The Kumbh Mela (pot-fete), a 55-day pilgrimage, began on January 14. According to a belief, all sins/evils committed by the Mela pilgrims and their ancestors back to the 88th generation will be washed away forever by a dip at Sangam during these dates, and that they will achieve salvation and emerge regenerated and healed. Its observance is believed to go back to ancient Vedic period and the legend of “Churning of the Ocean” is associated with it. It is held four times every twelve years, rotating among Allahabad, Nasik, Haridwar, and Ujjain (all in India).
Various sadhus (hermits) are also said to visit the Mela; including Nagas, who do not wear any clothes; Urdhwavahurs, who believe in putting the body through severe austerities; Parivajakas, who have taken a vow of silence; Shirshasins, who stand 24 hours and meditate for hours standing on their heads; Kalpvasis, who bathe thrice a day.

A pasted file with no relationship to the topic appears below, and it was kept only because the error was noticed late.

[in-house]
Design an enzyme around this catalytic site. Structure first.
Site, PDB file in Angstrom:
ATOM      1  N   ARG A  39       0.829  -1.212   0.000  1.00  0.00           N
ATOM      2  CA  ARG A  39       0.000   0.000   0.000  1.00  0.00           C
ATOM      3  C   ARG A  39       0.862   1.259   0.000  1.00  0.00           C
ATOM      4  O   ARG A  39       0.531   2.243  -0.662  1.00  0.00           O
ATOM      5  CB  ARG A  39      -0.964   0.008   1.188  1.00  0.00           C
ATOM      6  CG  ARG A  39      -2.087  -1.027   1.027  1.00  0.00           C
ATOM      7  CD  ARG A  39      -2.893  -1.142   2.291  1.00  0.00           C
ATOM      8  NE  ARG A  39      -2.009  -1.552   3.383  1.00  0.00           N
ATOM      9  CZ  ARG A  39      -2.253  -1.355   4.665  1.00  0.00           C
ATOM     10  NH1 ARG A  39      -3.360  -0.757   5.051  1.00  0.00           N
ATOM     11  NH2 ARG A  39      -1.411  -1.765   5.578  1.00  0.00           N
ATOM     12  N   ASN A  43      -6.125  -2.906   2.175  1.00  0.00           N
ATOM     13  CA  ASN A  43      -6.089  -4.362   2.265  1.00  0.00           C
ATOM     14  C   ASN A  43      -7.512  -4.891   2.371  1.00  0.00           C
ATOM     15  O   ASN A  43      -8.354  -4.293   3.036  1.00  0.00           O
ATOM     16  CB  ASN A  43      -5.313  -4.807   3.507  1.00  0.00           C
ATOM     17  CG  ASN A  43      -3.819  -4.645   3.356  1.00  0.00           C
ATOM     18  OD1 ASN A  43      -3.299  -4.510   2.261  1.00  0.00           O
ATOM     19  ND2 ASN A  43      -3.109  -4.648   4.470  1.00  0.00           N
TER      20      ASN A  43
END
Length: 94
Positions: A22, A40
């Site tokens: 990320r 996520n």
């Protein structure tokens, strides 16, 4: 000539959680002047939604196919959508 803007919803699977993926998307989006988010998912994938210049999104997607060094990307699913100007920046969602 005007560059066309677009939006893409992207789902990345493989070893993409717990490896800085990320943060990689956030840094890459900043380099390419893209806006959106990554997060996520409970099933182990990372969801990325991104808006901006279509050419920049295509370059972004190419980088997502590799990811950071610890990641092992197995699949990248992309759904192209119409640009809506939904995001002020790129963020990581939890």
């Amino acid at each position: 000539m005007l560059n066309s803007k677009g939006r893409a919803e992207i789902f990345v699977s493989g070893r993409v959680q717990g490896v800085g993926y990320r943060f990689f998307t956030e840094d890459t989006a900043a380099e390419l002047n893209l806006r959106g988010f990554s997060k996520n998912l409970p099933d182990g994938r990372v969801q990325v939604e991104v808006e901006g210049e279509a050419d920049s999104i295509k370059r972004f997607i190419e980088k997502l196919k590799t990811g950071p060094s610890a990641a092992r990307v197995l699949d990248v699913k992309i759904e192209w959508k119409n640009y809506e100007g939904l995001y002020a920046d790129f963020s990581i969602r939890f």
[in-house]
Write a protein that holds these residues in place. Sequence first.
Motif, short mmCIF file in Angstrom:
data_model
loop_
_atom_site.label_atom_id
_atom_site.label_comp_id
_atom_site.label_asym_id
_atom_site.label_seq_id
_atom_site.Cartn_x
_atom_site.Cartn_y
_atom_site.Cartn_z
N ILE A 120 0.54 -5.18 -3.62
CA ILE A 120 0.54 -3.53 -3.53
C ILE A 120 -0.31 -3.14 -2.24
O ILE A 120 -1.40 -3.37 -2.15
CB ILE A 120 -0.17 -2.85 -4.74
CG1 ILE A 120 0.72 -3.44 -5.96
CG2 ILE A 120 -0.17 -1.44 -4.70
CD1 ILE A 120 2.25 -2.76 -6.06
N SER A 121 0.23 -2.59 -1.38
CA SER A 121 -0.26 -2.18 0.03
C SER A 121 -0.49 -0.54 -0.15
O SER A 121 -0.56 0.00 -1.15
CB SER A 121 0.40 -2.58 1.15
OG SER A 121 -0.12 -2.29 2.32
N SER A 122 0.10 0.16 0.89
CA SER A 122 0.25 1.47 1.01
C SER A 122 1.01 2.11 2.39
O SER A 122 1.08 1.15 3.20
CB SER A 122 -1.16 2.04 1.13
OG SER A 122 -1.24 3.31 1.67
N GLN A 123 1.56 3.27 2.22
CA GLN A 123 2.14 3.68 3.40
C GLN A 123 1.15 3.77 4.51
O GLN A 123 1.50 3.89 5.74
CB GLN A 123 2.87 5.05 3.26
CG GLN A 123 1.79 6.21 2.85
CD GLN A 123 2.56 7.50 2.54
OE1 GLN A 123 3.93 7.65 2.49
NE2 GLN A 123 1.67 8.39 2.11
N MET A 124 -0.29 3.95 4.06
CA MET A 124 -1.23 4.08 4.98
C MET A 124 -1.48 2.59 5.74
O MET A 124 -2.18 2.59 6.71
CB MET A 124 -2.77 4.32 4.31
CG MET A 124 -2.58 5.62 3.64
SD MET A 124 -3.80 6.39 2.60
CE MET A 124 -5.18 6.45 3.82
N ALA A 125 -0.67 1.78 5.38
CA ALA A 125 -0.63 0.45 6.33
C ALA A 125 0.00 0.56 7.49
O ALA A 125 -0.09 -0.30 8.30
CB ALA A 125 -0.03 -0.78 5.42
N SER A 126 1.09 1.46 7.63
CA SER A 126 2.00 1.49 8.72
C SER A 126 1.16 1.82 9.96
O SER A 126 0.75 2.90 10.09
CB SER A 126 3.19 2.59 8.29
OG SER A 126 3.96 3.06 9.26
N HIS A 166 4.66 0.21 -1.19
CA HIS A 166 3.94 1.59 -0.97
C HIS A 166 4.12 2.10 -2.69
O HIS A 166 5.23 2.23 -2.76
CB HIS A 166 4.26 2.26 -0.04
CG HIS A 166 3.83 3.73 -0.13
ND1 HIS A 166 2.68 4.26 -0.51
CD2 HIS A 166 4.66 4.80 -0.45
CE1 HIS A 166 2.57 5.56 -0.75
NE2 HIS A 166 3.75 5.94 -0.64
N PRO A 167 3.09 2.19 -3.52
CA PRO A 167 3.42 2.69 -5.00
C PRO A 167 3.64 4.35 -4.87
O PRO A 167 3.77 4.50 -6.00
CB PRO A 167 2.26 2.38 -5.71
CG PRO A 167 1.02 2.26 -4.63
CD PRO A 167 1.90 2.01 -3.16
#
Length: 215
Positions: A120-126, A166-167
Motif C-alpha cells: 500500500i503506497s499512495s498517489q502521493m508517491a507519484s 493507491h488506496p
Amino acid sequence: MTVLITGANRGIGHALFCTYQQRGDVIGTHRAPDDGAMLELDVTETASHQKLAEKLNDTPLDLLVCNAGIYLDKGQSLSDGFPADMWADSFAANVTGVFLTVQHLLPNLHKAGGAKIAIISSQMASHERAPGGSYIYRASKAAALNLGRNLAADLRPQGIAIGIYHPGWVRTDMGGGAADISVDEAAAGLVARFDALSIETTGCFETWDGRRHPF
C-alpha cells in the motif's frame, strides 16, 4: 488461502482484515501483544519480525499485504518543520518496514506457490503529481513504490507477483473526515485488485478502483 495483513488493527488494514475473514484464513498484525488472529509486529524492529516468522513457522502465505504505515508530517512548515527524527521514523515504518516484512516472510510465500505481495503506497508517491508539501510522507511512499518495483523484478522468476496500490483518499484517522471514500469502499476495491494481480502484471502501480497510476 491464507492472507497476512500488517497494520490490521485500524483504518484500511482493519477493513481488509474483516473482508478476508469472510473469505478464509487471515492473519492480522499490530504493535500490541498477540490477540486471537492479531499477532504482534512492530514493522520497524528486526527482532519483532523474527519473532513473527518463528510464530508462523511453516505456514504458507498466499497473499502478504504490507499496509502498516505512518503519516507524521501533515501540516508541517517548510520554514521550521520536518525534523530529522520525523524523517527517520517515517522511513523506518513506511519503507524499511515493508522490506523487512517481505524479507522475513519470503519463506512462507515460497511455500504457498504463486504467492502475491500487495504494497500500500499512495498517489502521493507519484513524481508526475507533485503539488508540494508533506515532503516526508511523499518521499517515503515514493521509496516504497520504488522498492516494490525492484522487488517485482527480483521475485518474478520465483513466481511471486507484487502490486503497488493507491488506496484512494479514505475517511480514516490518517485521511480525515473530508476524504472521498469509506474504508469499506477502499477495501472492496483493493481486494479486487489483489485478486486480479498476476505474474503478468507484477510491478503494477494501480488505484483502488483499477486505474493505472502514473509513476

Various films have documented Kumbh Mela, including “Invocation, Kumbha Mela” (2008, Fernando del Sol), “Short Cut to Nirvana: Kumbh Mela” (2004, Maurizio Benazzo, Nick Day), “Kumbh Mela: Songs of the River” (2004, Nadeem Uddin), "Kumbh Mela: The Greatest Show on Earth" (2001, Graham Day), “Kumbha Mela” (1989, Michelangelo Antonioni), “Amrita Kumbher Sandhane” (1982, Dilip Roy).
Zed, who is President of Universal Society of Hinduism, in a statement, said that he hoped that Vatican Radio should have been more unbiased in its coverage. While most other major media outlets of the world noted it as “biggest gathering of the world”; Vatican Radio described it as the “biggest event of its kind in this part of the world” and “biggest gathering of Hindus”, despite giving the number as “100 million pilgrims”.
The BBC said that it was "biggest religious gathering of humanity on Earth"; AFP termed it as "world's biggest festival"; NPR called it “Biggest Gathering On Earth” and CNN stated it as "world's biggest religious festival.